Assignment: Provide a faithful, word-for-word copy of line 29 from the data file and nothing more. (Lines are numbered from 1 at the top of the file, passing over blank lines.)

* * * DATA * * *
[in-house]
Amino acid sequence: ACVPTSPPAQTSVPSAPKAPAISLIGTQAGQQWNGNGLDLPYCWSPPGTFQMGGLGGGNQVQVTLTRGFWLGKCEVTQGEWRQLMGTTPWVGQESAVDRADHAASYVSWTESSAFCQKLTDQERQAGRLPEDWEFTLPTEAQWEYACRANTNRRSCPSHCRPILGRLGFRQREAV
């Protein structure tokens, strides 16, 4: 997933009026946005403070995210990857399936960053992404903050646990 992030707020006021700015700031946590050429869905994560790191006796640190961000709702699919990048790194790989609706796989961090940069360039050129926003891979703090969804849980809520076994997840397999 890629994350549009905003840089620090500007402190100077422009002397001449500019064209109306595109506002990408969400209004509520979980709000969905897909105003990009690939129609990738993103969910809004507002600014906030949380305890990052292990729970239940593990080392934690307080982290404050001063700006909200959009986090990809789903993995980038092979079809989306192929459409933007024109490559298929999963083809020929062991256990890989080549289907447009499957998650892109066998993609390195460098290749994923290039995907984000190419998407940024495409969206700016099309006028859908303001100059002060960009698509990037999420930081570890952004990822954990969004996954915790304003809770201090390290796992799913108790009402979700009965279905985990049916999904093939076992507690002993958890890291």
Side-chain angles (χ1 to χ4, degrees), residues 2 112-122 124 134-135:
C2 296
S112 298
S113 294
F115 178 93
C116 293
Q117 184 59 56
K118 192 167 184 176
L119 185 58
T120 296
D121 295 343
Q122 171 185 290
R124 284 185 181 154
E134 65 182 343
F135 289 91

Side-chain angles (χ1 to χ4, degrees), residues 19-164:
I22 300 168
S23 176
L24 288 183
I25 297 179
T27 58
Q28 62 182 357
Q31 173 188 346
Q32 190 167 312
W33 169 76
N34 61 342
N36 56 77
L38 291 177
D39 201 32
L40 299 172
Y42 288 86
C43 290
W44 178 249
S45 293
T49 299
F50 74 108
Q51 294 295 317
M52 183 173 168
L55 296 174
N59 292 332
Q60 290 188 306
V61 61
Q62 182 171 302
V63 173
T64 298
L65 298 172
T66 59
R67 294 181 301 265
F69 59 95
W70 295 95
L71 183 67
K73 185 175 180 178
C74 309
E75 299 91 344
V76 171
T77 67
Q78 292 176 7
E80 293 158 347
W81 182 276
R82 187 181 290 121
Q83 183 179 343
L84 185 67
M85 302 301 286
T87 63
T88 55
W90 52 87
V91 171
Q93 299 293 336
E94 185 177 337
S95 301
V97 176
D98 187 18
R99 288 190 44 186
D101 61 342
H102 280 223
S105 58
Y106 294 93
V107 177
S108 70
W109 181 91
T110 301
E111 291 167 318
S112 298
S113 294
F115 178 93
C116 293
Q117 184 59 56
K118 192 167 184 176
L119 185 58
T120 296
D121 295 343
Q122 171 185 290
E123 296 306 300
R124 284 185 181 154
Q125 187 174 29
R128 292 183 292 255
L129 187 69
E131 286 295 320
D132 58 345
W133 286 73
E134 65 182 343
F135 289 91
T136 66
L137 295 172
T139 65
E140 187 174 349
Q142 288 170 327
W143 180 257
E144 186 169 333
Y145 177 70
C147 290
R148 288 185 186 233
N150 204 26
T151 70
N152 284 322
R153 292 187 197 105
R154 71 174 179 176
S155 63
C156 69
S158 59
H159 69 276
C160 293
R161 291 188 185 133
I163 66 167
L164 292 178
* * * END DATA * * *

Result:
N34 61 342